Wednesday, February 23, 2011

turkish breakfast

Recently Katarina and Jakub, two of my favorite people in New York joined me for a Turkish-inspired breakfast, in spite of the freezing cold that separated us. They brought copious amounts of champagne and orange juice, and we feasted and siesta-d until the sun went down.

The menu for the day included labne, a rich, thickened yogurt, sweetened with honey and dates; beautiful roasted eggplant topped with a buttermilk sauce and pomegranates; and a mouthwatering Lebanese flatbread called manaaeesh, which is vaguely reminiscent of Italian foccacia bread.

The recipe for the eggplant can be found in Yotan Ottolenghi's spectacular vegetarian cookbook, Plenty, which my friend Andrew brought me from London last Christmas and which I have been poring and swooning over ever since.

So, per Katarina's request, below is the recipe for the flatbread, which comes from Ana Sortun's book, Spice. You can make the dough the night before and bake it so that it's fresh the next day.

The bread is rich with olive oil and covered with a heavy dusting of za'atar, a wild Middle Eastern mountain herb similar to thyme or oregano. If you can't find za'atar, you can imitate it by combining thyme, oregano, and marjoram. In New York, I found it at Kalustyan's, an amazing place where you can find all kinds of unusual spices.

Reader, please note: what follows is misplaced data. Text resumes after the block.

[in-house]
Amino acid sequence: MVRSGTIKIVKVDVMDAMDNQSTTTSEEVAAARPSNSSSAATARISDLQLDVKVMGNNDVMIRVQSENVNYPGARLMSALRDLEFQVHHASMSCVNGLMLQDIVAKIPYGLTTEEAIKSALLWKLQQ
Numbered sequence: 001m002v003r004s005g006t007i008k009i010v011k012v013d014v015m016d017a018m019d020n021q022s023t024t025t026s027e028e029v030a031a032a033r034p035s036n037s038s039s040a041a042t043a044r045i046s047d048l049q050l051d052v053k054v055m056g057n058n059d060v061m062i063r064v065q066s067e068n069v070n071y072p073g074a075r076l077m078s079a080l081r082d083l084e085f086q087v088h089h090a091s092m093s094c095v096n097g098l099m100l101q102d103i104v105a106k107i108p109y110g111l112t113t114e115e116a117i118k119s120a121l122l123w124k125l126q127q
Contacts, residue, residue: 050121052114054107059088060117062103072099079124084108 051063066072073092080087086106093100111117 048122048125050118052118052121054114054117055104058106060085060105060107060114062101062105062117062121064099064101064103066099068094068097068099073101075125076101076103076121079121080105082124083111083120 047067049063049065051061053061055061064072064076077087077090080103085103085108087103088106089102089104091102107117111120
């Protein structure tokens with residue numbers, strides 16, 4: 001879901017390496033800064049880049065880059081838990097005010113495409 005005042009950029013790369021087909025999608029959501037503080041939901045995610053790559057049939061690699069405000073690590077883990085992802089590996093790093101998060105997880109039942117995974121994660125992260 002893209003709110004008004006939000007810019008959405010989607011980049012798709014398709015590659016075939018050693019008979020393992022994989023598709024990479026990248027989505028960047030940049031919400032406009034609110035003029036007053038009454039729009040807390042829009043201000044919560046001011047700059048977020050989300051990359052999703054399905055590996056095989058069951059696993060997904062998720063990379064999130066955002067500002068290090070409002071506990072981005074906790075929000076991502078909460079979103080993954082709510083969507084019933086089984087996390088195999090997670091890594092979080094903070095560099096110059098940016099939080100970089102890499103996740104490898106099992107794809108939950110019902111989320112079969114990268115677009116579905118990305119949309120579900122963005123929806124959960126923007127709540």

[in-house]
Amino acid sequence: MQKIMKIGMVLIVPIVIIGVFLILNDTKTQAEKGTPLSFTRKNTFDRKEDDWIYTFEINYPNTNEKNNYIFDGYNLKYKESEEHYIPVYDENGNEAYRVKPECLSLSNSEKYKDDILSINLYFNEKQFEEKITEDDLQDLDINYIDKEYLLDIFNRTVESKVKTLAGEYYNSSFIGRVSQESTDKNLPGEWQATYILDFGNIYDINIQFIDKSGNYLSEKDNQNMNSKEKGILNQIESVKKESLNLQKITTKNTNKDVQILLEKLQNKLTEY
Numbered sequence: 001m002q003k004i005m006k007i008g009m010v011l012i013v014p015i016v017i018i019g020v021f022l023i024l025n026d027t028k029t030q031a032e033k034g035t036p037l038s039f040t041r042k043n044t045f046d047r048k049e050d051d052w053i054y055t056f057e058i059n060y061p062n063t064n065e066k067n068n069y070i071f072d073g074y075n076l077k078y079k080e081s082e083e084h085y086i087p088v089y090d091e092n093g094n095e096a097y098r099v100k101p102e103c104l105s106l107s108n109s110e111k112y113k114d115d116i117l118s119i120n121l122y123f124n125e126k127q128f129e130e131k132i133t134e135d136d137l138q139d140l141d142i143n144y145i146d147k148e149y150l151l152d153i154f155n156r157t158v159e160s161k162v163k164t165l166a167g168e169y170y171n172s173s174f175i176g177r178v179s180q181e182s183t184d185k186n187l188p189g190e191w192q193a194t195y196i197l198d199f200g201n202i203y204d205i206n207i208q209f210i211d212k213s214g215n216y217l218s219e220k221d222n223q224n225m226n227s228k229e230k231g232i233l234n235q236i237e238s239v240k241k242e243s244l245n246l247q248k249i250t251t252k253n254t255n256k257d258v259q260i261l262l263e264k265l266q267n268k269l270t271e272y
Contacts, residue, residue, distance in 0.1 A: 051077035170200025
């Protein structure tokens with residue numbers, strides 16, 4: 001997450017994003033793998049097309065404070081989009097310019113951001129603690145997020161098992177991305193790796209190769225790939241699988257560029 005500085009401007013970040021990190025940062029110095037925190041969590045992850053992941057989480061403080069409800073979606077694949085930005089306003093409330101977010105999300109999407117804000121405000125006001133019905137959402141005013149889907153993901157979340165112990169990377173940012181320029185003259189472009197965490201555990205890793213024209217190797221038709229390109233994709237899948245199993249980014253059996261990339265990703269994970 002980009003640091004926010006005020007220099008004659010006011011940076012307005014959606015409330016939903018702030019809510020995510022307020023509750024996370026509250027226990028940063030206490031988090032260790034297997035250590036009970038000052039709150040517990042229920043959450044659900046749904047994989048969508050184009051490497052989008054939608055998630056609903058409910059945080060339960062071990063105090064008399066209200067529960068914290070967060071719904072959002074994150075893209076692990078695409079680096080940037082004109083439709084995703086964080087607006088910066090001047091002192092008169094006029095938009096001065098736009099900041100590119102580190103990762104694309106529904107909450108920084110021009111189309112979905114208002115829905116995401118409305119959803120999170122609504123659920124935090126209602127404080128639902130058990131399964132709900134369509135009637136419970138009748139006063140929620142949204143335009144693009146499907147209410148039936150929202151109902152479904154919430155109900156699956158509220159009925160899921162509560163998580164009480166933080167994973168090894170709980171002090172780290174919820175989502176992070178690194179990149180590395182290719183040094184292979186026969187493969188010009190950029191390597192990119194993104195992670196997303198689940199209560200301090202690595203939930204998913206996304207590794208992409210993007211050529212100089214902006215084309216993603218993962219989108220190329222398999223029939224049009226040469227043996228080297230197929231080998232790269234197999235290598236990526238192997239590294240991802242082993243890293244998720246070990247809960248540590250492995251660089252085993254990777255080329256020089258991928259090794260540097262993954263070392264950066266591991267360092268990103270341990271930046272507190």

Photo courtesy of

Sunday, February 20, 2011

winter pesto

This variation on pesto is great for the winter months. It incorporates spinach, which can be found in season this time of year and which you can grow in your kitchen window without too much trouble. The spinach gives this pesto a slightly heartier dimension that's perfect for the cold season, but the flavor of the basil (which I find preferable to that of spinach) still prevails. I use this pesto the same way you would the standard basil variety - over pasta, tomatoes, roasted vegetables, or spread on sandwiches. Lately I've been enjoying it drizzled over pizza for a little added flair.

2 cloves garlic (3 for serious garlic lovers)
1/4 cup parmesan cheese
1/2 cup olive oil
juice from 1/4 lemon
1/2 cup toasted walnuts
2 cups packed basil
1 cup packed spinach
lemon zest
salt and pepper to taste

Combine all ingredients in a food processor or blender. Allow the pesto to sit for about ten minutes before serving in order to let the flavors blend.

Sunday, February 13, 2011

love potion